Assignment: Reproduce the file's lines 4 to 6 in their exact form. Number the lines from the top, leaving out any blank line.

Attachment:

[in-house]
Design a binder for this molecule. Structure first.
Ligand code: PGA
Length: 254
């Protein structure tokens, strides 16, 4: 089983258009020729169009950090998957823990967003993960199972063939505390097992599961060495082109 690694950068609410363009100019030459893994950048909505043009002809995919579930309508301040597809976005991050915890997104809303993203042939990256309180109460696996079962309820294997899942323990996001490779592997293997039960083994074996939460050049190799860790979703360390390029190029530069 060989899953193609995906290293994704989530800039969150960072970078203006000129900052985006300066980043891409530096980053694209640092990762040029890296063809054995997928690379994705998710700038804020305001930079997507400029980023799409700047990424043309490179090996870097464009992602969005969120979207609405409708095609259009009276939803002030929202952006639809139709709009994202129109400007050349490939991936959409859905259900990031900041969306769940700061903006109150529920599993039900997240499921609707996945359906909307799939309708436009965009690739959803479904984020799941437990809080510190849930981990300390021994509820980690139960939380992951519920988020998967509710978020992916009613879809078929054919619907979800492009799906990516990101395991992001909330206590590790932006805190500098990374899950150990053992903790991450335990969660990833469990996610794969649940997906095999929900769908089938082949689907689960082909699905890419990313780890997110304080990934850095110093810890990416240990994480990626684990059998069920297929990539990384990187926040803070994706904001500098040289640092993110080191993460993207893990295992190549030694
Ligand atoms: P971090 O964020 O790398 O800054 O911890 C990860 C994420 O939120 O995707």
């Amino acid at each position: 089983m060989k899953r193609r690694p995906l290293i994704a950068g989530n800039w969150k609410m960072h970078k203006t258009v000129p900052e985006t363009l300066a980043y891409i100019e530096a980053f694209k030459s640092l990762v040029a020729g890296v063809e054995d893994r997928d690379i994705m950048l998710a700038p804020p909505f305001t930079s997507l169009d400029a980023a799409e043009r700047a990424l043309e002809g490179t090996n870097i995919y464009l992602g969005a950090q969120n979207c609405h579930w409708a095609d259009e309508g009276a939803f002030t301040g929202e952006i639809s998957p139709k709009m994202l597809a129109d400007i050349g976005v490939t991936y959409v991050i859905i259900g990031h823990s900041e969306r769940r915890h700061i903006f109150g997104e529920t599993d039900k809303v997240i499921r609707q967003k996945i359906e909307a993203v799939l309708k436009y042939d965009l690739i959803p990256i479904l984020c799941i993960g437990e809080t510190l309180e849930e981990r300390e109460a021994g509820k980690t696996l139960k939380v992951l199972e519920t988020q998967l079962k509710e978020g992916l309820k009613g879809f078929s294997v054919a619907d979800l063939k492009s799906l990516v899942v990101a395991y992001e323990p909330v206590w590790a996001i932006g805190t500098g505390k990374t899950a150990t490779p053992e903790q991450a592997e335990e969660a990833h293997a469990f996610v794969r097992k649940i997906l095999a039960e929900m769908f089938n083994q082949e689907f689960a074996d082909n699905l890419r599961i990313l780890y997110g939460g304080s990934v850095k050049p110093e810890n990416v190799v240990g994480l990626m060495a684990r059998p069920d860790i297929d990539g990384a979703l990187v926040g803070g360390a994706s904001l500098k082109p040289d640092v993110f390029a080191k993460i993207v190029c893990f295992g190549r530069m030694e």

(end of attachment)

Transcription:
Length: 254
């Protein structure tokens, strides 16, 4: 089983258009020729169009950090998957823990967003993960199972063939505390097992599961060495082109 690694950068609410363009100019030459893994950048909505043009002809995919579930309508301040597809976005991050915890997104809303993203042939990256309180109460696996079962309820294997899942323990996001490779592997293997039960083994074996939460050049190799860790979703360390390029190029530069 060989899953193609995906290293994704989530800039969150960072970078203006000129900052985006300066980043891409530096980053694209640092990762040029890296063809054995997928690379994705998710700038804020305001930079997507400029980023799409700047990424043309490179090996870097464009992602969005969120979207609405409708095609259009009276939803002030929202952006639809139709709009994202129109400007050349490939991936959409859905259900990031900041969306769940700061903006109150529920599993039900997240499921609707996945359906909307799939309708436009965009690739959803479904984020799941437990809080510190849930981990300390021994509820980690139960939380992951519920988020998967509710978020992916009613879809078929054919619907979800492009799906990516990101395991992001909330206590590790932006805190500098990374899950150990053992903790991450335990969660990833469990996610794969649940997906095999929900769908089938082949689907689960082909699905890419990313780890997110304080990934850095110093810890990416240990994480990626684990059998069920297929990539990384990187926040803070994706904001500098040289640092993110080191993460993207893990295992190549030694
Ligand atoms: P971090 O964020 O790398 O800054 O911890 C990860 C994420 O939120 O995707």